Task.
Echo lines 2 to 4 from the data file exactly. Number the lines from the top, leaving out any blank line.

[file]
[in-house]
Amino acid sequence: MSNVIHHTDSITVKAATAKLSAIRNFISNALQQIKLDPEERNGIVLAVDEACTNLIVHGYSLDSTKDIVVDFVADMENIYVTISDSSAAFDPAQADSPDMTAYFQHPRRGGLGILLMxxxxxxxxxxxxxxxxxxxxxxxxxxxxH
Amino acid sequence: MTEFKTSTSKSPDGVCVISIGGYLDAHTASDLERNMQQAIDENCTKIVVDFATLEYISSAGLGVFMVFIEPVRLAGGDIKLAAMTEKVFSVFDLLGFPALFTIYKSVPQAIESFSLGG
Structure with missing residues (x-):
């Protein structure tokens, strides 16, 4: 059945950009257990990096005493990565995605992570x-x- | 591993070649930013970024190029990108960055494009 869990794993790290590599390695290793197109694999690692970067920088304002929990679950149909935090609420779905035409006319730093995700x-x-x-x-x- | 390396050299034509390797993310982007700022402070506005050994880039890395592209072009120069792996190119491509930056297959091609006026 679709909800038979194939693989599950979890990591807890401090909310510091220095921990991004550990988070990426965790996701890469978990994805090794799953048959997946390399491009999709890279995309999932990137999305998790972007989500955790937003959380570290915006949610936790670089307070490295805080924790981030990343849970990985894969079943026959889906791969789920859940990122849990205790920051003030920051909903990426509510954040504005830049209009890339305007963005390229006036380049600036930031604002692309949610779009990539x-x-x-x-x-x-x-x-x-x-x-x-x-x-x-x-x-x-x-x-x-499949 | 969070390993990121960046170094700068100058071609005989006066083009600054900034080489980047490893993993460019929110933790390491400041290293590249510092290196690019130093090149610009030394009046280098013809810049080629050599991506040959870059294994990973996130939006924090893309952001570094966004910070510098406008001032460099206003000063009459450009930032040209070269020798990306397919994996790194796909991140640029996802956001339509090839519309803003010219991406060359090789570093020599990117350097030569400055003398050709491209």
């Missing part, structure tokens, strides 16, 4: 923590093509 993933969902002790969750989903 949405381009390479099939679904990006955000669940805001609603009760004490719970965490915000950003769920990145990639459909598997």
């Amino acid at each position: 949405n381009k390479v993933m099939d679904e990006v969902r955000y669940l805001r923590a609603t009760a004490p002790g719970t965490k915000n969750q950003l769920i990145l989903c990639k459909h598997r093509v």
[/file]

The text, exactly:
Amino acid sequence: MSNVIHHTDSITVKAATAKLSAIRNFISNALQQIKLDPEERNGIVLAVDEACTNLIVHGYSLDSTKDIVVDFVADMENIYVTISDSSAAFDPAQADSPDMTAYFQHPRRGGLGILLMxxxxxxxxxxxxxxxxxxxxxxxxxxxxH
Amino acid sequence: MTEFKTSTSKSPDGVCVISIGGYLDAHTASDLERNMQQAIDENCTKIVVDFATLEYISSAGLGVFMVFIEPVRLAGGDIKLAAMTEKVFSVFDLLGFPALFTIYKSVPQAIESFSLGG
Structure with missing residues (x-):